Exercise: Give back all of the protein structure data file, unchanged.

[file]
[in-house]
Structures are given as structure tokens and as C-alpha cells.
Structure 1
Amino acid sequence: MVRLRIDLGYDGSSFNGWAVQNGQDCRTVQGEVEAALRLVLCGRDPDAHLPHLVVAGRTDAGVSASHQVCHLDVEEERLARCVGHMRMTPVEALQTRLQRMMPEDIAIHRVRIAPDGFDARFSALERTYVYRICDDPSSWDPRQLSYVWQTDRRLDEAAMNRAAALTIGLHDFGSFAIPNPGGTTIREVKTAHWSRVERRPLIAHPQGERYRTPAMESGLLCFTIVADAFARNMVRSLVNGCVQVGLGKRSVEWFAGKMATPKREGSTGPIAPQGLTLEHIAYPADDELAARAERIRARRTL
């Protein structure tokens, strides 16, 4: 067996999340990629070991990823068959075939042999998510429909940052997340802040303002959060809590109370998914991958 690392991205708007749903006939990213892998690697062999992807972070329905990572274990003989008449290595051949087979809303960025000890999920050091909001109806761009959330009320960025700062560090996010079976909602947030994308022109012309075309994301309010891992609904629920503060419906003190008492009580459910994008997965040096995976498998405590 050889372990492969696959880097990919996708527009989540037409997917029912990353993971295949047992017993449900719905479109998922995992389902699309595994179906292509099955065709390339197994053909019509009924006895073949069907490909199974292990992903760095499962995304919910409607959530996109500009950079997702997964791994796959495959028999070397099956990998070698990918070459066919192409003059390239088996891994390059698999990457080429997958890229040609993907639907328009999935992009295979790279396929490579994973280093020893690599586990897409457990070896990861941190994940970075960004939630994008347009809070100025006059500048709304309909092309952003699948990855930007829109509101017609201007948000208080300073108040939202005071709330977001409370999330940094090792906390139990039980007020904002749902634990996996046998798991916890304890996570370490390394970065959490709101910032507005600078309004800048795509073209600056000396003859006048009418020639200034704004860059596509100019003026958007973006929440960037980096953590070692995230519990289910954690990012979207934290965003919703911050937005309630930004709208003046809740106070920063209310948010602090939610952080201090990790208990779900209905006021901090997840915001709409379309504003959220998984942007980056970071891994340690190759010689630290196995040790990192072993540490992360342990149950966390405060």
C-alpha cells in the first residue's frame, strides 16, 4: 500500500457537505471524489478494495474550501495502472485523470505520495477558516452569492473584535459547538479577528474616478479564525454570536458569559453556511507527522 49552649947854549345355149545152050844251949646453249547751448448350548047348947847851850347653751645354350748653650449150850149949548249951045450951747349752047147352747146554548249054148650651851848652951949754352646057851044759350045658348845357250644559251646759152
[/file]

[in-house]
Structures are given as structure tokens and as C-alpha cells.
Structure 1
Amino acid sequence: MVRLRIDLGYDGSSFNGWAVQNGQDCRTVQGEVEAALRLVLCGRDPDAHLPHLVVAGRTDAGVSASHQVCHLDVEEERLARCVGHMRMTPVEALQTRLQRMMPEDIAIHRVRIAPDGFDARFSALERTYVYRICDDPSSWDPRQLSYVWQTDRRLDEAAMNRAAALTIGLHDFGSFAIPNPGGTTIREVKTAHWSRVERRPLIAHPQGERYRTPAMESGLLCFTIVADAFARNMVRSLVNGCVQVGLGKRSVEWFAGKMATPKREGSTGPIAPQGLTLEHIAYPADDELAARAERIRARRTL
């Protein structure tokens, strides 16, 4: 067996999340990629070991990823068959075939042999998510429909940052997340802040303002959060809590109370998914991958 690392991205708007749903006939990213892998690697062999992807972070329905990572274990003989008449290595051949087979809303960025000890999920050091909001109806761009959330009320960025700062560090996010079976909602947030994308022109012309075309994301309010891992609904629920503060419906003190008492009580459910994008997965040096995976498998405590 050889372990492969696959880097990919996708527009989540037409997917029912990353993971295949047992017993449900719905479109998922995992389902699309595994179906292509099955065709390339197994053909019509009924006895073949069907490909199974292990992903760095499962995304919910409607959530996109500009950079997702997964791994796959495959028999070397099956990998070698990918070459066919192409003059390239088996891994390059698999990457080429997958890229040609993907639907328009999935992009295979790279396929490579994973280093020893690599586990897409457990070896990861941190994940970075960004939630994008347009809070100025006059500048709304309909092309952003699948990855930007829109509101017609201007948000208080300073108040939202005071709330977001409370999330940094090792906390139990039980007020904002749902634990996996046998798991916890304890996570370490390394970065959490709101910032507005600078309004800048795509073209600056000396003859006048009418020639200034704004860059596509100019003026958007973006929440960037980096953590070692995230519990289910954690990012979207934290965003919703911050937005309630930004709208003046809740106070920063209310948010602090939610952080201090990790208990779900209905006021901090997840915001709409379309504003959220998984942007980056970071891994340690190759010689630290196995040790990192072993540490992360342990149950966390405060």
C-alpha cells in the first residue's frame, strides 16, 4: 500500500457537505471524489478494495474550501495502472485523470505520495477558516452569492473584535459547538479577528474616478479564525454570536458569559453556511507527522 49552649947854549345355149545152050844251949646453249547751448448350548047348947847851850347653751645354350748653650449150850149949548249951045450951747349752047147352747146554548249054148650651851848652951949754352646057851044759350045658348845357250644559251646759152